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THOMPSON, CAL (?–ca. 1889). Cal Thompson was a freed slave who became a leader among African Americans in Bastrop County in the decades following the Civil War. He purchased land in 1869 in the Cedar Creek Community, at the suggestion of his former master, Marshall Trigg of Hills Prairie. Thompson amassed holdings of 500 acres in farm land a few miles west of Bastrop. He was described by the local newspaper as "a Negro of much influence in the community." The area around Cedar Creek was heavily populated by blacks. In the May 1888 elections two African Americans, Orange Weeks and Ike Wilson, were elected justice of the peace and constable, respectively, for the Cedar Creek precinct. Resentment of this on the part of unreconstructed whites led to intense interracial feelings. A fracas at a trial in Cedar Creek resulted in the deaths of four men, two blacks and two whites. Local white people swore revenge on every black connected with the incident. One by one they were murdered or left the county. Thompson was shot by two white men as he left Bastrop one day. At least 100 white men saw the murder, but no one would tell who it was, saying he was "nothing but a trouble maker and both sides were glad he was killed." Sources differ as to the year of Thompson's death, from May 1889 to around 1895.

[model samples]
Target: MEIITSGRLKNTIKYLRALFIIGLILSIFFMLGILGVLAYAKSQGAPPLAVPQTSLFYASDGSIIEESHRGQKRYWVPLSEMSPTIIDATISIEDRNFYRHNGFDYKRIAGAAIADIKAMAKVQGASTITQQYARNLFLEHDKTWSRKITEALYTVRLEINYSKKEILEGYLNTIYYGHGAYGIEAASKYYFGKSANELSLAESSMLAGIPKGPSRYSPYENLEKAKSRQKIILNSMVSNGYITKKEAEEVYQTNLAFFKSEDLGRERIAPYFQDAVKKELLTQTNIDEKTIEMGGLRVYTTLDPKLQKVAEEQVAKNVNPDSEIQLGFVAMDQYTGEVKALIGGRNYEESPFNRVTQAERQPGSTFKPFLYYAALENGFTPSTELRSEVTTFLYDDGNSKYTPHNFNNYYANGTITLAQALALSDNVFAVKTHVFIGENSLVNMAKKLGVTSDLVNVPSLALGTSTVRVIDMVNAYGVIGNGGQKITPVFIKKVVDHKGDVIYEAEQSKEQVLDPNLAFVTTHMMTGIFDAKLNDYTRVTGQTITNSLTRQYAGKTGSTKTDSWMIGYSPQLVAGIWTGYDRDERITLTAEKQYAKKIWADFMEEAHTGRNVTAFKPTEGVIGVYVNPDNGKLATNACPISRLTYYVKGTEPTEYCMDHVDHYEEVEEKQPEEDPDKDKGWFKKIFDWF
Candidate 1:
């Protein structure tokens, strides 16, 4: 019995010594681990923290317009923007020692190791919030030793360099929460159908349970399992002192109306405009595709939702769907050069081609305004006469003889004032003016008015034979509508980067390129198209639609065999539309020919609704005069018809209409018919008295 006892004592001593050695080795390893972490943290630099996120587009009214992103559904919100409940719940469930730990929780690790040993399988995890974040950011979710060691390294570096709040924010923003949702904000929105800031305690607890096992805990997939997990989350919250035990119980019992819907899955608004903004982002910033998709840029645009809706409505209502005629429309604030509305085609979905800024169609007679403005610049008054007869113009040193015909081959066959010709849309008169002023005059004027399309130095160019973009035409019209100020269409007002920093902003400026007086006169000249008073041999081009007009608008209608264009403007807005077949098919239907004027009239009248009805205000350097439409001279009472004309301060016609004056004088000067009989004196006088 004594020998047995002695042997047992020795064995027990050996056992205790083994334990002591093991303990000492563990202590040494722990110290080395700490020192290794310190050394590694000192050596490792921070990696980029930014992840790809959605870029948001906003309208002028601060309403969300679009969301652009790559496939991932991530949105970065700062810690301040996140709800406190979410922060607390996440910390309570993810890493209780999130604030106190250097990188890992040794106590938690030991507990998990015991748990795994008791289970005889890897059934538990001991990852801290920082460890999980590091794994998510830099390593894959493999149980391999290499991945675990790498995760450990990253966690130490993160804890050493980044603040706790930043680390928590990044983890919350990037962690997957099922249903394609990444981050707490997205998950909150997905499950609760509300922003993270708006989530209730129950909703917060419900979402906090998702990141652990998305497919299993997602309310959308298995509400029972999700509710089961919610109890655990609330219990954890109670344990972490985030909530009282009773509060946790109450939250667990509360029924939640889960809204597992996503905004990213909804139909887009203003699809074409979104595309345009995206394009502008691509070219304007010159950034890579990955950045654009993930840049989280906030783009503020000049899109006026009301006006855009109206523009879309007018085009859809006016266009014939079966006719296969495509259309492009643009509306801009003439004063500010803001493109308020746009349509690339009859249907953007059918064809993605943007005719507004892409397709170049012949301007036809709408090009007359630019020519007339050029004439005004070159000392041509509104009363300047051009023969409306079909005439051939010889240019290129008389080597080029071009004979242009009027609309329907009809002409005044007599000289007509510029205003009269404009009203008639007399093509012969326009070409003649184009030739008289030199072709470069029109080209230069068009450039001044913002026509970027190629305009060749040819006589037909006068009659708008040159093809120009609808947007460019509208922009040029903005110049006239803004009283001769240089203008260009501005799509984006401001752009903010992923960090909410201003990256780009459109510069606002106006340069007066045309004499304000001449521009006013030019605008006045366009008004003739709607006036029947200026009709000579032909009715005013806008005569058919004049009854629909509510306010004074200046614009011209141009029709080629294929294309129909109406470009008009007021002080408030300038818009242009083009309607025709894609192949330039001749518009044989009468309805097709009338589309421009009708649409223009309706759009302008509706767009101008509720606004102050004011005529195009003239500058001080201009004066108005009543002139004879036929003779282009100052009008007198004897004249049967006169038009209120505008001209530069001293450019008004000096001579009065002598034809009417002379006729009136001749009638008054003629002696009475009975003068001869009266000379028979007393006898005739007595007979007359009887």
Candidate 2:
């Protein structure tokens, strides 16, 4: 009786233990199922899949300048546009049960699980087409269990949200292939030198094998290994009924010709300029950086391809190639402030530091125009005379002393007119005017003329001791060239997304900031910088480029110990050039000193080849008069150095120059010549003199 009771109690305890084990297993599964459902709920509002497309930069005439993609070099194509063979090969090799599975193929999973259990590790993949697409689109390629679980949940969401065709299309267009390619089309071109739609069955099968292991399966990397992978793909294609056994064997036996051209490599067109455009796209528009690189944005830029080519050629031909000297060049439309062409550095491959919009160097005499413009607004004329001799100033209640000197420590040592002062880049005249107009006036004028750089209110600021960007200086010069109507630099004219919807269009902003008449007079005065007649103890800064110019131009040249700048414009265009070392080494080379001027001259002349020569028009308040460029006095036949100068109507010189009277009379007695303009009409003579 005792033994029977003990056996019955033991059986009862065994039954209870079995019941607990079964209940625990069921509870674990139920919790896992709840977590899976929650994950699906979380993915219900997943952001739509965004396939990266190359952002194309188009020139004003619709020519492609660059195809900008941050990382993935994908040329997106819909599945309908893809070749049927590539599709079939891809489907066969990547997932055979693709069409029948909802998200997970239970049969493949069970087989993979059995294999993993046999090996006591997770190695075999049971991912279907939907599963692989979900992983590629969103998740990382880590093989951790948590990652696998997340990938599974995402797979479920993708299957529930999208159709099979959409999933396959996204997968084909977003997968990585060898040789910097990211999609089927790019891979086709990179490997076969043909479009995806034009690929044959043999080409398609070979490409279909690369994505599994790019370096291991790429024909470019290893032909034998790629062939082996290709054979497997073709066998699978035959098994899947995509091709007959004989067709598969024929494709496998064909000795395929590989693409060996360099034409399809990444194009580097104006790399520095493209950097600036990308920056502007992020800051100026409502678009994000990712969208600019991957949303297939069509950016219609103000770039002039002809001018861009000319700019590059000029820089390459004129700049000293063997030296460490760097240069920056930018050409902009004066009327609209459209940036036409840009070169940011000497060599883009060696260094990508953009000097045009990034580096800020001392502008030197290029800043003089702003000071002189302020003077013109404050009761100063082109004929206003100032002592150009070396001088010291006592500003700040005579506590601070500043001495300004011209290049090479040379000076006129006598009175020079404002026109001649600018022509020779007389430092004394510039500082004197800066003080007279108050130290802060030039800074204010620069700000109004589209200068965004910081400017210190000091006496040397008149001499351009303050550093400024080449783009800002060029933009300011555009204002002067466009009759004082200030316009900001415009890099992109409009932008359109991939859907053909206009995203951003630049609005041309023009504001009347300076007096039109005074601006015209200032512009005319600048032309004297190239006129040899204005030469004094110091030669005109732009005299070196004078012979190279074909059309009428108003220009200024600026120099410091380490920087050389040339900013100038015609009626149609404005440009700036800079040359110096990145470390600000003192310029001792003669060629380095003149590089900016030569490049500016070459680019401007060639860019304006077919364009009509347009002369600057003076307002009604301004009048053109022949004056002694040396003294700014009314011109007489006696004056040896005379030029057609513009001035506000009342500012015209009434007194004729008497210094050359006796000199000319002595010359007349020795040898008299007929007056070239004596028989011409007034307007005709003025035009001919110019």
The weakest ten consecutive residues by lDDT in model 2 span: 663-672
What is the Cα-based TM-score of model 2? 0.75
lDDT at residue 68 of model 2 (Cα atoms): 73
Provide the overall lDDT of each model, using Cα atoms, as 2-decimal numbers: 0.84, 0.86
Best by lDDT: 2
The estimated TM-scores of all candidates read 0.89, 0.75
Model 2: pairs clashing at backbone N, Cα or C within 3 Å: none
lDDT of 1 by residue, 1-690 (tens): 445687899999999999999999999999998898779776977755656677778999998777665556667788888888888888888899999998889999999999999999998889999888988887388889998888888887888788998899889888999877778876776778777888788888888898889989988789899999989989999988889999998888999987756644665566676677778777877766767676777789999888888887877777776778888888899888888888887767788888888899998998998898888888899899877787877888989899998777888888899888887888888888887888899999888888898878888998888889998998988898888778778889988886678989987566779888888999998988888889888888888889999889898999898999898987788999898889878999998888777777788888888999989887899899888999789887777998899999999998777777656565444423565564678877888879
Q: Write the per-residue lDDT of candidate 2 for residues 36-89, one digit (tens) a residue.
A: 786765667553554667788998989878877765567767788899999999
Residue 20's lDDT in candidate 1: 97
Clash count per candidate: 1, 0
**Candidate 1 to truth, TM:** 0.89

BIBLIOGRAPHY:Bastrop Historical Society, In the Shadow of the Lost Pines: A History of Bastrop County and Its People (Bastrop, Texas: Bastrop Advertiser, 1955). Bastrop Advertiser, Historical Edition, August 29, 1935. Bill Moore, Bastrop County, 1691–1900 (Wichita Falls: Nortex, 1977).
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The following, adapted from the Chicago Manual of Style, 15th edition, is the preferred citation for this article.Handbook of Texas Online, Kenneth Kesselus, "Thompson, Cal," accessed February 20, 2018, http://www.tshaonline.org/handbook/online/articles/fthsr.
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